I might have the most active mind on the planet. That isn't bragging because my mind isn't busy finding the cure for cancer or strategizing how to end famine in Africa. My mind is usually busy rehashing past events, worrying about the future, devising arguments, rationalizations, or defenses for myself...or my favorite absurdity, holding pretend conversations with people about our unresolved issues.
I don't want to live life in my head though. I would much rather live it in my heart. But like the quote above says, it isn't easy to drag our existence from the mind to the heart. Mine is almost always kicking and screaming the entire way. Henri Nouwen tells the story of a man who repeated the phrase "Lord, have mercy on me, a sinner" hundreds of thousands of times until one day the man found that the phrase was repeating itself with every beat of his heart. It had become a part of his emotional make-up. It was no longer a thought, or even words, but an internalized piece of who he was as a person.
Some things come naturally to my heart. When I look at my kids, I am full of love for them. I don't go through a list of pros or cons of loving them, or analyze anything about how I feel about them or how I can know what I feel about them is true. It just is. I would love to experience the peace of God the same way I experience love for my kids. Sometimes I do have a taste of that peace that passes understanding. Sometimes my heart is full of calm and rest that has absolutely nothing to do with my thoughts but is the direct experience of God's presence. However, that isn't my default mode.
I would like to experience love, joy, peace, and even pain, loneliness, and sorrow in my heart as internalized realities separate from and transcending the knowledge of them in my mind. I think it takes practice. And in a lot of ways, I think it takes courage. The mind can hold things at a distance, but the heart is vulnerable. This is why people can quote entire passages of scripture and attend church 3 times a week for decades but fail to be moved by the photo of a starving child or fail to be grieved over a sin in their life. I know that because I've lived there. I've known things in my mind but failed to move them to the heart.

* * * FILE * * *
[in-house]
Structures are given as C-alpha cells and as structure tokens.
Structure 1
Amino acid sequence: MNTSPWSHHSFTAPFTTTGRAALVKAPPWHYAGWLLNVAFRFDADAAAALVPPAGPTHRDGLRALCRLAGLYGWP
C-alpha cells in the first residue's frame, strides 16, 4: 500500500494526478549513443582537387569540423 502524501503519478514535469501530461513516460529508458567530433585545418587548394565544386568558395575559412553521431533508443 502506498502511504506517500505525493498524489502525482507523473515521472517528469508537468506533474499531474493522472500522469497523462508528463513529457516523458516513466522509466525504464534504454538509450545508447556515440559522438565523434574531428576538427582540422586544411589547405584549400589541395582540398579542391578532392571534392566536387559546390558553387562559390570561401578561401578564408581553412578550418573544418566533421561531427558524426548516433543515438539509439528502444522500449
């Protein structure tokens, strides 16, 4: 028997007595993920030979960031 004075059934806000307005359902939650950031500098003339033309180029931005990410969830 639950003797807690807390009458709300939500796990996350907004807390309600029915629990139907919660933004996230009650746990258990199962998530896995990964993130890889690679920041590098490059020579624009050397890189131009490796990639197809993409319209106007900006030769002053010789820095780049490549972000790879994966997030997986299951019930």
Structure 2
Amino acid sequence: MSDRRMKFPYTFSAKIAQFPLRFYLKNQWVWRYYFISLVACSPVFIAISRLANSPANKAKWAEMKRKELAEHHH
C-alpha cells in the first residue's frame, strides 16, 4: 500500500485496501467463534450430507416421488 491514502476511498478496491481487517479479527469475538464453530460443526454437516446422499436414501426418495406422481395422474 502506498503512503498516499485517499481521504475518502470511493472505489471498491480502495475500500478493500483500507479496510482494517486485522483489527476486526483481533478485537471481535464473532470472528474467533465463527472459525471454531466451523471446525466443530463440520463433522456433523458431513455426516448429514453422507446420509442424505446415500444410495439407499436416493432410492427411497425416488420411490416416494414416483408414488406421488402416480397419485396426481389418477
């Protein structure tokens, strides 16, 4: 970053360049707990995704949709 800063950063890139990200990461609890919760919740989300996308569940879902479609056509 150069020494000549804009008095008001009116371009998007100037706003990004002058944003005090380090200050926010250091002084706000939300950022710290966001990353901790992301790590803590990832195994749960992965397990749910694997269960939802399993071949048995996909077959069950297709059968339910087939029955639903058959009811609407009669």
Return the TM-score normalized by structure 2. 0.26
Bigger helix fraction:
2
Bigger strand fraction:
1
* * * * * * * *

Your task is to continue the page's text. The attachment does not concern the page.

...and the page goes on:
What has helped me is starting to think of my heart as the place where God exists within me or as my "home." Again, I have to thank Nouwen for that analogy. And I have to come home over and over again, away from the analyzing and conceptualizing to the raw truth of experiencing things with God. Finding our way home gradually becomes easier, and we may stay at home for longer periods of time. But we can never be permanently at home in this lifetime. That's why the story of the prodigal son has come to mean so much to me. It is a constant homecoming, repeated over and over in my life and always with the same care, concern, and welcome from the Father who loves me more than I can imagine.
I ran across this quote on a friend's facebook status this morning:
"When we engage the Scriptures for spiritual transformation, we make it our top priority to listen to God relationally rather than seeking only to learn more about God cognitively. Our approach is driven by the longing of a lover. We read slowly so that we can savor each word and let its meaning sink in." - Ruth Haley Barton, Sacred Rhythms
I love how it contrasts cognitive and relational experience. I'm finding that slowing down, being still, quiet, and available for experiencing life with God in my inner place is deepening my sense of identity as a child of God.